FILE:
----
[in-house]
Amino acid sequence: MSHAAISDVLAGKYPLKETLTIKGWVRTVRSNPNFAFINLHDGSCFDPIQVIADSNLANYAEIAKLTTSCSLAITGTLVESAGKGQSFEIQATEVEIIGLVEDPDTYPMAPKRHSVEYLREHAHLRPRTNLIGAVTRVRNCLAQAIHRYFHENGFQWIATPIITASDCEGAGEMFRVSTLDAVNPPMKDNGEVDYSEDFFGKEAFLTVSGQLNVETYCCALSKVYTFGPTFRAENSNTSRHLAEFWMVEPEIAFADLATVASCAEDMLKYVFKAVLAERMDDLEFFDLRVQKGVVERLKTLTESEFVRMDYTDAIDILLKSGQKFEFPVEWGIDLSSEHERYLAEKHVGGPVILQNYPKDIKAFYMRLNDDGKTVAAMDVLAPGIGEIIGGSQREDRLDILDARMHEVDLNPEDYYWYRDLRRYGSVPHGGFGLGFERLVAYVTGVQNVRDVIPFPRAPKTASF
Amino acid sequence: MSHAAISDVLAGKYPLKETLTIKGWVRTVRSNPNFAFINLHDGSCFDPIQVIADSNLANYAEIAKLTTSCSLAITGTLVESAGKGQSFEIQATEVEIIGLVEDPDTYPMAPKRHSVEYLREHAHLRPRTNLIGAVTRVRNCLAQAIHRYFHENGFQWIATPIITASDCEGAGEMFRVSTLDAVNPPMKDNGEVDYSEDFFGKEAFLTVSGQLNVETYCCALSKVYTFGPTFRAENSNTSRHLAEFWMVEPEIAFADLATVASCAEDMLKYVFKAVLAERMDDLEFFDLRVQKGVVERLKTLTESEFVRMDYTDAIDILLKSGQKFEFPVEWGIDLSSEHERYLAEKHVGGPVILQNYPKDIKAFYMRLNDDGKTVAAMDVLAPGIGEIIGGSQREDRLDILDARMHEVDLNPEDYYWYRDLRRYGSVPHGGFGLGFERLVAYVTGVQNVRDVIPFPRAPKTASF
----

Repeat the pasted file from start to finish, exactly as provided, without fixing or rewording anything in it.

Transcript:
[in-house]
Amino acid sequence: MSHAAISDVLAGKYPLKETLTIKGWVRTVRSNPNFAFINLHDGSCFDPIQVIADSNLANYAEIAKLTTSCSLAITGTLVESAGKGQSFEIQATEVEIIGLVEDPDTYPMAPKRHSVEYLREHAHLRPRTNLIGAVTRVRNCLAQAIHRYFHENGFQWIATPIITASDCEGAGEMFRVSTLDAVNPPMKDNGEVDYSEDFFGKEAFLTVSGQLNVETYCCALSKVYTFGPTFRAENSNTSRHLAEFWMVEPEIAFADLATVASCAEDMLKYVFKAVLAERMDDLEFFDLRVQKGVVERLKTLTESEFVRMDYTDAIDILLKSGQKFEFPVEWGIDLSSEHERYLAEKHVGGPVILQNYPKDIKAFYMRLNDDGKTVAAMDVLAPGIGEIIGGSQREDRLDILDARMHEVDLNPEDYYWYRDLRRYGSVPHGGFGLGFERLVAYVTGVQNVRDVIPFPRAPKTASF
Amino acid sequence: MSHAAISDVLAGKYPLKETLTIKGWVRTVRSNPNFAFINLHDGSCFDPIQVIADSNLANYAEIAKLTTSCSLAITGTLVESAGKGQSFEIQATEVEIIGLVEDPDTYPMAPKRHSVEYLREHAHLRPRTNLIGAVTRVRNCLAQAIHRYFHENGFQWIATPIITASDCEGAGEMFRVSTLDAVNPPMKDNGEVDYSEDFFGKEAFLTVSGQLNVETYCCALSKVYTFGPTFRAENSNTSRHLAEFWMVEPEIAFADLATVASCAEDMLKYVFKAVLAERMDDLEFFDLRVQKGVVERLKTLTESEFVRMDYTDAIDILLKSGQKFEFPVEWGIDLSSEHERYLAEKHVGGPVILQNYPKDIKAFYMRLNDDGKTVAAMDVLAPGIGEIIGGSQREDRLDILDARMHEVDLNPEDYYWYRDLRRYGSVPHGGFGLGFERLVAYVTGVQNVRDVIPFPRAPKTASF